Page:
According to their study, the team's new delivery method, which harnesses gap junctions to deliver chemotherapy directly and efficiently, has led to a significant decrease in the dose required to kill a cancer cell. Driving down the dosage of chemo could lessen potential side effects, from nausea and hair loss to infertility and heart damage, that patients experience. In addition, having a direct route to a cell could provide more effective treatment for later-stage tumors that have metastasized, which are often out of reach of current chemotherapy delivery methods.

"Gap junctions are the cells' mechanism for sharing small molecules between neighboring cells. We believed that there must be a way to utilize them for better drug delivery," Stachowiak said. "The big challenge was in making the materials efficiently and showing that the drugs are delivered through the gap junctions and not some other component."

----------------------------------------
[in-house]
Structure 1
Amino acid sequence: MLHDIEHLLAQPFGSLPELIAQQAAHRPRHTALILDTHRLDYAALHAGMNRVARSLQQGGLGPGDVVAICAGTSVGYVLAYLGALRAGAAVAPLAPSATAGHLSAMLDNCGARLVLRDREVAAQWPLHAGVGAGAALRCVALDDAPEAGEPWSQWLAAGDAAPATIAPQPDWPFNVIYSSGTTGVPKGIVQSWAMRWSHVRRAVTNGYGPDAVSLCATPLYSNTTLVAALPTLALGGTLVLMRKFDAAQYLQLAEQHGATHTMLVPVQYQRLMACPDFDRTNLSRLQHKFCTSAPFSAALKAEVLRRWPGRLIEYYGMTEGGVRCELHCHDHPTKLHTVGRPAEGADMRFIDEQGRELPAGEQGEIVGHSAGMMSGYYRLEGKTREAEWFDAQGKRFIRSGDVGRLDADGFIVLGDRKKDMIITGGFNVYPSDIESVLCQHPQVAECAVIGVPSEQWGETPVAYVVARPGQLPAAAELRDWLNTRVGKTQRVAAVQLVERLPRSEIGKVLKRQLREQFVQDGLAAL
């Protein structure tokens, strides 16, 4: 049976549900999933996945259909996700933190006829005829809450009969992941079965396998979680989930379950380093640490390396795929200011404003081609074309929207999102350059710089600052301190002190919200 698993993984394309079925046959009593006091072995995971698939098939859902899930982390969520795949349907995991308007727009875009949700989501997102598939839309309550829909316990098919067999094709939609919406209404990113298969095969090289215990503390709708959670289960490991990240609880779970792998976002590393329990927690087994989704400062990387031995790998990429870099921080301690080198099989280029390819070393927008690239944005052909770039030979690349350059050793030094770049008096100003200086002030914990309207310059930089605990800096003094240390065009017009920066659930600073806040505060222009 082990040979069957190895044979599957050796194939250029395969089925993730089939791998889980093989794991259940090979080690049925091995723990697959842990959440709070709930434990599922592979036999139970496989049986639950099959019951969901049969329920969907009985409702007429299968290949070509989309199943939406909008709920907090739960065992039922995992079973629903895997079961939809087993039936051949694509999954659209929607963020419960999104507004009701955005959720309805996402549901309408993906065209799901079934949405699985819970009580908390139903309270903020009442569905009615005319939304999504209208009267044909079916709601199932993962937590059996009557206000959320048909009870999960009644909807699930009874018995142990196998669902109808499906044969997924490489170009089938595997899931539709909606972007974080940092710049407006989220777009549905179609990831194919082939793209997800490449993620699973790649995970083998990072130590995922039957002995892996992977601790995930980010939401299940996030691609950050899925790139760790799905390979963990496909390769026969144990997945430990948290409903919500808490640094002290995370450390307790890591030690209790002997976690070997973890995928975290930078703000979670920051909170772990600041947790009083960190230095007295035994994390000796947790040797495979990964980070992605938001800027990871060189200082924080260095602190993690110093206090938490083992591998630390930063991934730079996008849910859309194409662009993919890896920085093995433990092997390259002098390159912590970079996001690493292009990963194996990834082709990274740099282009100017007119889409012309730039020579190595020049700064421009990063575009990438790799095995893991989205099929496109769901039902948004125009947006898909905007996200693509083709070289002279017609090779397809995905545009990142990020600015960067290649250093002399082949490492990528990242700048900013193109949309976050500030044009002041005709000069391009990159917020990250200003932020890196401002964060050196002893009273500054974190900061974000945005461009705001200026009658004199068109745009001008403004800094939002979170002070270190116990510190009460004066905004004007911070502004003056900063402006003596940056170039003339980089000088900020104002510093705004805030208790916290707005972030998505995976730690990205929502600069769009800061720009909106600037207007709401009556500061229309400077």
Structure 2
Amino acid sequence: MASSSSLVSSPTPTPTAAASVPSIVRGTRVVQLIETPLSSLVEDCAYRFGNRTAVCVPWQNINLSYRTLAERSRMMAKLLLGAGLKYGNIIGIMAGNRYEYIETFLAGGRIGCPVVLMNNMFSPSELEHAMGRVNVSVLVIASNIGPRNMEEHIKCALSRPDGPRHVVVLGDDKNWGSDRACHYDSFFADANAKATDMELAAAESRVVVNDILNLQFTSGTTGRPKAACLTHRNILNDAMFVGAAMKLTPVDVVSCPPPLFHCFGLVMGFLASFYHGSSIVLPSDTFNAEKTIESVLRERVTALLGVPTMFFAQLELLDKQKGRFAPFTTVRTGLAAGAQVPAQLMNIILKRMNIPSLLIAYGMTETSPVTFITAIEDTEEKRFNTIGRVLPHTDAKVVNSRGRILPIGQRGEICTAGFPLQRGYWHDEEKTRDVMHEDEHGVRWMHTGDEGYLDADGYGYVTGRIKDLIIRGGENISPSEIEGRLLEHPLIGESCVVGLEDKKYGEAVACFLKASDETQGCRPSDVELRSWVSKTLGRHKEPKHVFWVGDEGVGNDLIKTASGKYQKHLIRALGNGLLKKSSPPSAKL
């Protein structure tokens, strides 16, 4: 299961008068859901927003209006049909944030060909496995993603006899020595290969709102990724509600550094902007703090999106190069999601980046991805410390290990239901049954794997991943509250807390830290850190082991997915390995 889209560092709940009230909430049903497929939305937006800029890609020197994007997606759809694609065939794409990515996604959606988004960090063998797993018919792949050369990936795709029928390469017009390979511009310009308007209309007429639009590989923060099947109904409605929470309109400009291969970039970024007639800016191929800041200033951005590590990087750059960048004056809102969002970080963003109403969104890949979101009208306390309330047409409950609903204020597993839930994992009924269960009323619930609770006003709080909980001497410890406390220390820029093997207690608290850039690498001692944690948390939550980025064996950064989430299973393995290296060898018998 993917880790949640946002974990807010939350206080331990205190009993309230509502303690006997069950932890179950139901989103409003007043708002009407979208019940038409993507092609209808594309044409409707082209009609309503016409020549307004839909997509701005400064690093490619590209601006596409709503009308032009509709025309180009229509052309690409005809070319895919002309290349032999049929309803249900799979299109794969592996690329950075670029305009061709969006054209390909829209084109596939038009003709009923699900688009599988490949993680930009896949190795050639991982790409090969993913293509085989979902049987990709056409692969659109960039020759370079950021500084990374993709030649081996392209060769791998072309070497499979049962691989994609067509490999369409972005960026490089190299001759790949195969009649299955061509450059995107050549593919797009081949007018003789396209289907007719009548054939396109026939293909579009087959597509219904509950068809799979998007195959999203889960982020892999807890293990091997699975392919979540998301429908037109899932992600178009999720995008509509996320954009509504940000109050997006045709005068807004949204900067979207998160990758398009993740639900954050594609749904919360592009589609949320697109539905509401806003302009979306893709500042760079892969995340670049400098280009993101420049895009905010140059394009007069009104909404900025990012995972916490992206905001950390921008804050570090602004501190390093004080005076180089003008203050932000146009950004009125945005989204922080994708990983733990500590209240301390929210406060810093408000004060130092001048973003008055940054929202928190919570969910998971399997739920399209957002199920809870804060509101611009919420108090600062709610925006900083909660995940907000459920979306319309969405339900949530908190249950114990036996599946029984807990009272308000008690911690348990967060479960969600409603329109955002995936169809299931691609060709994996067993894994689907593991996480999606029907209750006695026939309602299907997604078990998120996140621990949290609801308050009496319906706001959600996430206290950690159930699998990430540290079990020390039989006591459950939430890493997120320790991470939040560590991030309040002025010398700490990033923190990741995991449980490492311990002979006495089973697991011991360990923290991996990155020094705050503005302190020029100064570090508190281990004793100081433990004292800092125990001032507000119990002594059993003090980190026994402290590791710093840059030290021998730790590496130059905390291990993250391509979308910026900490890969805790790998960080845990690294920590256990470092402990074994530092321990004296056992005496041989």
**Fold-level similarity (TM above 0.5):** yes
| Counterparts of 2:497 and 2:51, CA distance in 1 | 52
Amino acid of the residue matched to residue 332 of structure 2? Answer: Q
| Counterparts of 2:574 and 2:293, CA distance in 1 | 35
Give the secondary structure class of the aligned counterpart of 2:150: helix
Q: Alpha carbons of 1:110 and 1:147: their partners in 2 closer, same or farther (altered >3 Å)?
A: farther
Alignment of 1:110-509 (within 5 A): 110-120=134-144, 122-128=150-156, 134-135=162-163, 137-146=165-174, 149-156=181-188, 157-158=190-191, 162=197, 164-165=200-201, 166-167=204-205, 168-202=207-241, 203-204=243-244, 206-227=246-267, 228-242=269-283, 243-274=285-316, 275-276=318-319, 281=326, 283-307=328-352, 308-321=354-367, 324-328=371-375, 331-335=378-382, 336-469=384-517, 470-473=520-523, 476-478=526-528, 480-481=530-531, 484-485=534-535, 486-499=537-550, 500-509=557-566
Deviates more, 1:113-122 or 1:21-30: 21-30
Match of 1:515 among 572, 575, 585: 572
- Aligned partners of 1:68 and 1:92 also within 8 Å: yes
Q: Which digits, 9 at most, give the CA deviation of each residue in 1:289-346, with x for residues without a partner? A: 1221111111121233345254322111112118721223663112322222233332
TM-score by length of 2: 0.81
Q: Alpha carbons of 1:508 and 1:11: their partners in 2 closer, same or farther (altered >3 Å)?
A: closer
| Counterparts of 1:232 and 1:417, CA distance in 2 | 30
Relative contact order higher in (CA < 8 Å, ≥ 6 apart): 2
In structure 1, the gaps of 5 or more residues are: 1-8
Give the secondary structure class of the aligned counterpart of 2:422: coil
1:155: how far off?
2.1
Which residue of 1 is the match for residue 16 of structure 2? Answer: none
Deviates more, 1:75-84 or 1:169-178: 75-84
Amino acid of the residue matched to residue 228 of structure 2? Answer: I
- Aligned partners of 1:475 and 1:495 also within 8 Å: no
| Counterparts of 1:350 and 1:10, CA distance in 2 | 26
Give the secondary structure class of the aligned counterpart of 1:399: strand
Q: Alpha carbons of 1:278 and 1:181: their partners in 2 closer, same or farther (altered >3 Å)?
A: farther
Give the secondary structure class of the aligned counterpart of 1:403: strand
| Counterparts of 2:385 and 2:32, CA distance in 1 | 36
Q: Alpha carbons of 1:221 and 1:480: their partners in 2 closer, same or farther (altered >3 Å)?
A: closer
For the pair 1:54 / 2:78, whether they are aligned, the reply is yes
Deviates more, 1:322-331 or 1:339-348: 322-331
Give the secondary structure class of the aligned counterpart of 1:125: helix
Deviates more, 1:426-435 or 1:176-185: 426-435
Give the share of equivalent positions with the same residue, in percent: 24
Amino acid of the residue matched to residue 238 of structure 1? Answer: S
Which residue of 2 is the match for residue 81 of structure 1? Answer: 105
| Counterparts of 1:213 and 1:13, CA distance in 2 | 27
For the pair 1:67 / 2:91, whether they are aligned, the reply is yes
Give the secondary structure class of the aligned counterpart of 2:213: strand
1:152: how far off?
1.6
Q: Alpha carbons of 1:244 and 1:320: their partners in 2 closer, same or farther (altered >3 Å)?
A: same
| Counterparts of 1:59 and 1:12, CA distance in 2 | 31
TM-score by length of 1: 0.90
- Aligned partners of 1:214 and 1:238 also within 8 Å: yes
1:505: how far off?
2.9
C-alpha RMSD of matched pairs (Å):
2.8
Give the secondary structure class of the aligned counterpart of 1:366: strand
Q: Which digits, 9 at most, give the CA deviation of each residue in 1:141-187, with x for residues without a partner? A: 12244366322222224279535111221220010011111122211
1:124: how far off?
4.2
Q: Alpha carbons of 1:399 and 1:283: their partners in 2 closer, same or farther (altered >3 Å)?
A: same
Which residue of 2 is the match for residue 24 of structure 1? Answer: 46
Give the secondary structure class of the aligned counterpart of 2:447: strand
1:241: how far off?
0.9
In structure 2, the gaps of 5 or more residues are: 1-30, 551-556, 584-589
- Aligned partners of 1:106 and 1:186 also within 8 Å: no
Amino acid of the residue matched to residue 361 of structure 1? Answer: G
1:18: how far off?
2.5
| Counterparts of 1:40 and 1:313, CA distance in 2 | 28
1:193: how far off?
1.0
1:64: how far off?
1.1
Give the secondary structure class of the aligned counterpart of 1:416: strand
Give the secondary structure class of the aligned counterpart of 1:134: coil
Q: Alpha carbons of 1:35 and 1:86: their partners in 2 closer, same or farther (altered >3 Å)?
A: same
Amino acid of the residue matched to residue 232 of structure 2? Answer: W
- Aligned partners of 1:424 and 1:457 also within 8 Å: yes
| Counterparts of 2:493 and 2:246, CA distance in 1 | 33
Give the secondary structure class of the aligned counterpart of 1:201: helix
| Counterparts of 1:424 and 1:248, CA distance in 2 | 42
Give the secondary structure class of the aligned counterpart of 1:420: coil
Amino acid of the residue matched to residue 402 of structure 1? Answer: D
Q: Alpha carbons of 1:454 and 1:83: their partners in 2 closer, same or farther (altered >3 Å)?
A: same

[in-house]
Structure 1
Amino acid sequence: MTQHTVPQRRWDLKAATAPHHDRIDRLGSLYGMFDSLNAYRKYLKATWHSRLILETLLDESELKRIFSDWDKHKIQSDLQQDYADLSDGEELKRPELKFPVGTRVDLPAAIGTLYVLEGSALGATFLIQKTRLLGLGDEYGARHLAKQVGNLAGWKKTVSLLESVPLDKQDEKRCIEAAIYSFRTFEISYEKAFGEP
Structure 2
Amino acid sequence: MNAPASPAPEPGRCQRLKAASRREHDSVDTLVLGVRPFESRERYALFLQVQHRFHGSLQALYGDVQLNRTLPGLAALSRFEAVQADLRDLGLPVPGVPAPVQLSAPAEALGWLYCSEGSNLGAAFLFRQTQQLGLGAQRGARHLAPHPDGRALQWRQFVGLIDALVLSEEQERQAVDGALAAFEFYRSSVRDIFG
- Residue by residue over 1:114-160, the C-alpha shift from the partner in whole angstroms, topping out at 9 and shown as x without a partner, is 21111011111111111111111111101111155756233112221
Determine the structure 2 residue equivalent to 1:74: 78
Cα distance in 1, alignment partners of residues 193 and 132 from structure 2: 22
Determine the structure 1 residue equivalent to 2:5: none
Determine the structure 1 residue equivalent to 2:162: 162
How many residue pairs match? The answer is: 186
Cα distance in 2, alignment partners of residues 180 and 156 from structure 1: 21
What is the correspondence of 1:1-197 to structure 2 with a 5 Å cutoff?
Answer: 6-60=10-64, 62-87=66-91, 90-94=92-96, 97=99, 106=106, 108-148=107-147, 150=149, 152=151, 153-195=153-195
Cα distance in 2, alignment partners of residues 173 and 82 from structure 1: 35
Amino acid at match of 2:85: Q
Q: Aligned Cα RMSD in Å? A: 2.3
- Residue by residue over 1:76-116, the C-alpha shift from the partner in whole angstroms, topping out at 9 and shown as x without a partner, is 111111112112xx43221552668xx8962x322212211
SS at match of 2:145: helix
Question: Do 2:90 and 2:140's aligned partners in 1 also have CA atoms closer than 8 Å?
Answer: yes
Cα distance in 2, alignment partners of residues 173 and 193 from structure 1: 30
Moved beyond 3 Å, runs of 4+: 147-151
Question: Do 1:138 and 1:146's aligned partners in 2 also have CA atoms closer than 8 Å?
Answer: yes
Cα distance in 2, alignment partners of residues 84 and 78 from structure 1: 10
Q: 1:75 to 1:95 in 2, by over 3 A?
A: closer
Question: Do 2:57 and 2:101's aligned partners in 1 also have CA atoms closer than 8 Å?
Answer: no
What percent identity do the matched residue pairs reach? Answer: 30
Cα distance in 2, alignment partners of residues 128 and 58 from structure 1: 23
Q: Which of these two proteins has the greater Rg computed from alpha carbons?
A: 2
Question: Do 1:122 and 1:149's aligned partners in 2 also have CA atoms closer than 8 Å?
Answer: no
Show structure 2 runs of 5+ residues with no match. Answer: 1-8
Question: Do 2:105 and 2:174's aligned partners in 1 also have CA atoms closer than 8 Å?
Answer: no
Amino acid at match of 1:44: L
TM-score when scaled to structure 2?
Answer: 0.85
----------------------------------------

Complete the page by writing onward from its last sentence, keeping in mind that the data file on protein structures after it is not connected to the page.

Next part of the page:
To form the connectosomes, Gadok used a chemical process to derive liposomes from donor cells that were engineered to over-produce gap junctions, which are made of proteins. She then loaded the connectosomes with the chemotherapy drug doxorubicin.

The team's connectosomes address a main challenge in chemotherapeutics -- getting a concentrated dose of drugs to cross through the cell's plasma membrane barrier and reach its target inside of the cell.

Even highly membrane-permeable drugs, such as doxorubicin, have limited transport rates across the plasma membrane, so they require higher doses to be effective. And when the drug is freely delivered, doxorubicin kills healthy cells along with cancerous cells, resulting in harmful side effects.